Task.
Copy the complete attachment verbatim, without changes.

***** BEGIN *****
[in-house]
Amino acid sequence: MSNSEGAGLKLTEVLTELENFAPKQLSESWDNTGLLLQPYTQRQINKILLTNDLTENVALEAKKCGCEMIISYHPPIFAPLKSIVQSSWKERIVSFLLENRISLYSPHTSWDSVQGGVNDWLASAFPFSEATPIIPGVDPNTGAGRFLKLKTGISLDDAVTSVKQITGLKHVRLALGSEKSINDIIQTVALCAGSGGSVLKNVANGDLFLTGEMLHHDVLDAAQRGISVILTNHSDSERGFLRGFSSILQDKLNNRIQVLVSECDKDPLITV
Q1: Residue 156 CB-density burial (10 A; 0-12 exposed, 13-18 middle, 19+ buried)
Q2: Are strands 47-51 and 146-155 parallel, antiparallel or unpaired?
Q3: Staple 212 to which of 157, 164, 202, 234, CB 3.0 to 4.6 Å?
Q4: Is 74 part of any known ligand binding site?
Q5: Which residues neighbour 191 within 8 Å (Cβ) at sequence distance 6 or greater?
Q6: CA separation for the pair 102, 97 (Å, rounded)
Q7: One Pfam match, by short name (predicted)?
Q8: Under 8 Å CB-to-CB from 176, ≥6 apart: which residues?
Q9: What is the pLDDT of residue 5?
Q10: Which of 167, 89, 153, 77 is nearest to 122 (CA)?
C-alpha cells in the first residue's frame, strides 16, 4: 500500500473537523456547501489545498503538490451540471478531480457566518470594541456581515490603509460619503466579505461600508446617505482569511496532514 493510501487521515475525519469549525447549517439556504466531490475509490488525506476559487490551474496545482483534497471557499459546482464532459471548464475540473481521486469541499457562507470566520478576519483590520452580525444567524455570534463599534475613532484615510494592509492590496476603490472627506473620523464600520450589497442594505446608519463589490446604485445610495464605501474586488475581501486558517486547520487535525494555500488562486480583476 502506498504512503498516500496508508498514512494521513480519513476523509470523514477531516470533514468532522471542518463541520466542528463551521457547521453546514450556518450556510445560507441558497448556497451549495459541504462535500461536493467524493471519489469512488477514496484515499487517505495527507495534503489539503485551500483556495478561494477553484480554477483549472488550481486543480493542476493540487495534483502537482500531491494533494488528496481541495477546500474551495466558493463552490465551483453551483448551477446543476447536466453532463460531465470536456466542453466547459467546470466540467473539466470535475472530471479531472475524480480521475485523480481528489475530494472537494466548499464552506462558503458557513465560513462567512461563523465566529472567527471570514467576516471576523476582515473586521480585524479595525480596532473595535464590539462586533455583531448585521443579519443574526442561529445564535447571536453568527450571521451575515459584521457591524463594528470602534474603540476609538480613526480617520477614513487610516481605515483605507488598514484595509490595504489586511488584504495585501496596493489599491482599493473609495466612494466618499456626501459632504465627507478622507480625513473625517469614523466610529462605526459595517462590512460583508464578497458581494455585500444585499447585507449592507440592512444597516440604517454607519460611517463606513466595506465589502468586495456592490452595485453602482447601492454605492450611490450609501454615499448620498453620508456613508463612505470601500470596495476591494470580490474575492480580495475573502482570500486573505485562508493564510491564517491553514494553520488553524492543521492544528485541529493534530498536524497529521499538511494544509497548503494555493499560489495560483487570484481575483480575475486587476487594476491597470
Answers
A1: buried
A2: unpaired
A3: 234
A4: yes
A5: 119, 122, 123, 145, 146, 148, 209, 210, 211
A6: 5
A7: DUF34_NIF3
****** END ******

[in-house]
Amino acid sequence: MSNSEGAGLKLTEVLTELENFAPKQLSESWDNTGLLLQPYTQRQINKILLTNDLTENVALEAKKCGCEMIISYHPPIFAPLKSIVQSSWKERIVSFLLENRISLYSPHTSWDSVQGGVNDWLASAFPFSEATPIIPGVDPNTGAGRFLKLKTGISLDDAVTSVKQITGLKHVRLALGSEKSINDIIQTVALCAGSGGSVLKNVANGDLFLTGEMLHHDVLDAAQRGISVILTNHSDSERGFLRGFSSILQDKLNNRIQVLVSECDKDPLITV
Q1: Residue 156 CB-density burial (10 A; 0-12 exposed, 13-18 middle, 19+ buried)
Q2: Are strands 47-51 and 146-155 parallel, antiparallel or unpaired?
Q3: Staple 212 to which of 157, 164, 202, 234, CB 3.0 to 4.6 Å?
Q4: Is 74 part of any known ligand binding site?
Q5: Which residues neighbour 191 within 8 Å (Cβ) at sequence distance 6 or greater?
Q6: CA separation for the pair 102, 97 (Å, rounded)
Q7: One Pfam match, by short name (predicted)?
Q8: Under 8 Å CB-to-CB from 176, ≥6 apart: which residues?
Q9: What is the pLDDT of residue 5?
Q10: Which of 167, 89, 153, 77 is nearest to 122 (CA)?
C-alpha cells in the first residue's frame, strides 16, 4: 500500500473537523456547501489545498503538490451540471478531480457566518470594541456581515490603509460619503466579505461600508446617505482569511496532514 493510501487521515475525519469549525447549517439556504466531490475509490488525506476559487490551474496545482483534497471557499459546482464532459471548464475540473481521486469541499457562507470566520478576519483590520452580525444567524455570534463599534475613532484615510494592509492590496476603490472627506473620523464600520450589497442594505446608519463589490446604485445610495464605501474586488475581501486558517486547520487535525494555500488562486480583476 502506498504512503498516500496508508498514512494521513480519513476523509470523514477531516470533514468532522471542518463541520466542528463551521457547521453546514450556518450556510445560507441558497448556497451549495459541504462535500461536493467524493471519489469512488477514496484515499487517505495527507495534503489539503485551500483556495478561494477553484480554477483549472488550481486543480493542476493540487495534483502537482500531491494533494488528496481541495477546500474551495466558493463552490465551483453551483448551477446543476447536466453532463460531465470536456466542453466547459467546470466540467473539466470535475472530471479531472475524480480521475485523480481528489475530494472537494466548499464552506462558503458557513465560513462567512461563523465566529472567527471570514467576516471576523476582515473586521480585524479595525480596532473595535464590539462586533455583531448585521443579519443574526442561529445564535447571536453568527450571521451575515459584521457591524463594528470602534474603540476609538480613526480617520477614513487610516481605515483605507488598514484595509490595504489586511488584504495585501496596493489599491482599493473609495466612494466618499456626501459632504465627507478622507480625513473625517469614523466610529462605526459595517462590512460583508464578497458581494455585500444585499447585507449592507440592512444597516440604517454607519460611517463606513466595506465589502468586495456592490452595485453602482447601492454605492450611490450609501454615499448620498453620508456613508463612505470601500470596495476591494470580490474575492480580495475573502482570500486573505485562508493564510491564517491553514494553520488553524492543521492544528485541529493534530498536524497529521499538511494544509497548503494555493499560489495560483487570484481575483480575475486587476487594476491597470
Answers
A1: buried
A2: unpaired
A3: 234
A4: yes
A5: 119, 122, 123, 145, 146, 148, 209, 210, 211
A6: 5
A7: DUF34_NIF3